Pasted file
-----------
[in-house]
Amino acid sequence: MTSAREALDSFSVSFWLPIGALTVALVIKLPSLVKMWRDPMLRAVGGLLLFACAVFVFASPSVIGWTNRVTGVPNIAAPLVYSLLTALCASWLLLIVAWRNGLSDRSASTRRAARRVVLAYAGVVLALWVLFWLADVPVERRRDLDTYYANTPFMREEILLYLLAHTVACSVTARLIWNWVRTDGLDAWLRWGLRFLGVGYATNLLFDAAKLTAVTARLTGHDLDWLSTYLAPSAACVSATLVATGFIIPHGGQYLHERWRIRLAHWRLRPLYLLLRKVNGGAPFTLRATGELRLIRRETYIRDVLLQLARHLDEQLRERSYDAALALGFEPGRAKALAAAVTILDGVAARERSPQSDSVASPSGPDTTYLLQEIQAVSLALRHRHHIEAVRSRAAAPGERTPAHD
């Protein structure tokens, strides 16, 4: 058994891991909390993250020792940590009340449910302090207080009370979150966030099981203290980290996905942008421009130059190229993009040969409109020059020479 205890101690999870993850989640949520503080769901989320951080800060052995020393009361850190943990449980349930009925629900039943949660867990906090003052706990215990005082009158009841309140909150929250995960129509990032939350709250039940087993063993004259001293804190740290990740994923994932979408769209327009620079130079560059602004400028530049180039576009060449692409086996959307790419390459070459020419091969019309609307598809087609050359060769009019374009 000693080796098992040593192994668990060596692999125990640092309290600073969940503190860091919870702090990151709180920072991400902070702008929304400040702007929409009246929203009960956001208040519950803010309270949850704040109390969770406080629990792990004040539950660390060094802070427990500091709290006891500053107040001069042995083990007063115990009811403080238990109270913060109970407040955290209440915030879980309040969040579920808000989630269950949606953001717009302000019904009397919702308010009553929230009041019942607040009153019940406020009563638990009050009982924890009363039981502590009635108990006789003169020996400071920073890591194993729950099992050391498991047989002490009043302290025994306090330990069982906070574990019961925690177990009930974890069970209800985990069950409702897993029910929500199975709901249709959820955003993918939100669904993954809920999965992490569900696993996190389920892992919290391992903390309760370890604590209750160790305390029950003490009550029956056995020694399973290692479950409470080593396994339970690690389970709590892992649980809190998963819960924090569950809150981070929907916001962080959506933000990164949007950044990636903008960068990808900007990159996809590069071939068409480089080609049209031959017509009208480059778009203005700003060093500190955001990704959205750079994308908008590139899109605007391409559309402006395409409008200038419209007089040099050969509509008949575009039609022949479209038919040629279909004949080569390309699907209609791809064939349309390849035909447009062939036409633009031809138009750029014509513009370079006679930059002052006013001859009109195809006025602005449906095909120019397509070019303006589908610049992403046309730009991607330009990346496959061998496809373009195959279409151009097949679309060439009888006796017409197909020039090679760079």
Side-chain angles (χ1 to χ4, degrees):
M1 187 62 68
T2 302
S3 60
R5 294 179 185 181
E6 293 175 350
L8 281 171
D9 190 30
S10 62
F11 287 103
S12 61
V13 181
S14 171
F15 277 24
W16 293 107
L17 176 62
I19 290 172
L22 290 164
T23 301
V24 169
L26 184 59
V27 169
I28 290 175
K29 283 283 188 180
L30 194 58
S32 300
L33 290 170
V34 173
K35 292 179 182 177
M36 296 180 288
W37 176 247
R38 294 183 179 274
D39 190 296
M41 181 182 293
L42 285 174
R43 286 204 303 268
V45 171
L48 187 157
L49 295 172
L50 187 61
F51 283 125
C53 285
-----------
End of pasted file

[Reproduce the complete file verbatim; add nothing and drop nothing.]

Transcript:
[in-house]
Amino acid sequence: MTSAREALDSFSVSFWLPIGALTVALVIKLPSLVKMWRDPMLRAVGGLLLFACAVFVFASPSVIGWTNRVTGVPNIAAPLVYSLLTALCASWLLLIVAWRNGLSDRSASTRRAARRVVLAYAGVVLALWVLFWLADVPVERRRDLDTYYANTPFMREEILLYLLAHTVACSVTARLIWNWVRTDGLDAWLRWGLRFLGVGYATNLLFDAAKLTAVTARLTGHDLDWLSTYLAPSAACVSATLVATGFIIPHGGQYLHERWRIRLAHWRLRPLYLLLRKVNGGAPFTLRATGELRLIRRETYIRDVLLQLARHLDEQLRERSYDAALALGFEPGRAKALAAAVTILDGVAARERSPQSDSVASPSGPDTTYLLQEIQAVSLALRHRHHIEAVRSRAAAPGERTPAHD
């Protein structure tokens, strides 16, 4: 058994891991909390993250020792940590009340449910302090207080009370979150966030099981203290980290996905942008421009130059190229993009040969409109020059020479 205890101690999870993850989640949520503080769901989320951080800060052995020393009361850190943990449980349930009925629900039943949660867990906090003052706990215990005082009158009841309140909150929250995960129509990032939350709250039940087993063993004259001293804190740290990740994923994932979408769209327009620079130079560059602004400028530049180039576009060449692409086996959307790419390459070459020419091969019309609307598809087609050359060769009019374009 000693080796098992040593192994668990060596692999125990640092309290600073969940503190860091919870702090990151709180920072991400902070702008929304400040702007929409009246929203009960956001208040519950803010309270949850704040109390969770406080629990792990004040539950660390060094802070427990500091709290006891500053107040001069042995083990007063115990009811403080238990109270913060109970407040955290209440915030879980309040969040579920808000989630269950949606953001717009302000019904009397919702308010009553929230009041019942607040009153019940406020009563638990009050009982924890009363039981502590009635108990006789003169020996400071920073890591194993729950099992050391498991047989002490009043302290025994306090330990069982906070574990019961925690177990009930974890069970209800985990069950409702897993029910929500199975709901249709959820955003993918939100669904993954809920999965992490569900696993996190389920892992919290391992903390309760370890604590209750160790305390029950003490009550029956056995020694399973290692479950409470080593396994339970690690389970709590892992649980809190998963819960924090569950809150981070929907916001962080959506933000990164949007950044990636903008960068990808900007990159996809590069071939068409480089080609049209031959017509009208480059778009203005700003060093500190955001990704959205750079994308908008590139899109605007391409559309402006395409409008200038419209007089040099050969509509008949575009039609022949479209038919040629279909004949080569390309699907209609791809064939349309390849035909447009062939036409633009031809138009750029014509513009370079006679930059002052006013001859009109195809006025602005449906095909120019397509070019303006589908610049992403046309730009991607330009990346496959061998496809373009195959279409151009097949679309060439009888006796017409197909020039090679760079």
Side-chain angles (χ1 to χ4, degrees):
M1 187 62 68
T2 302
S3 60
R5 294 179 185 181
E6 293 175 350
L8 281 171
D9 190 30
S10 62
F11 287 103
S12 61
V13 181
S14 171
F15 277 24
W16 293 107
L17 176 62
I19 290 172
L22 290 164
T23 301
V24 169
L26 184 59
V27 169
I28 290 175
K29 283 283 188 180
L30 194 58
S32 300
L33 290 170
V34 173
K35 292 179 182 177
M36 296 180 288
W37 176 247
R38 294 183 179 274
D39 190 296
M41 181 182 293
L42 285 174
R43 286 204 303 268
V45 171
L48 187 157
L49 295 172
L50 187 61
F51 283 125
C53 285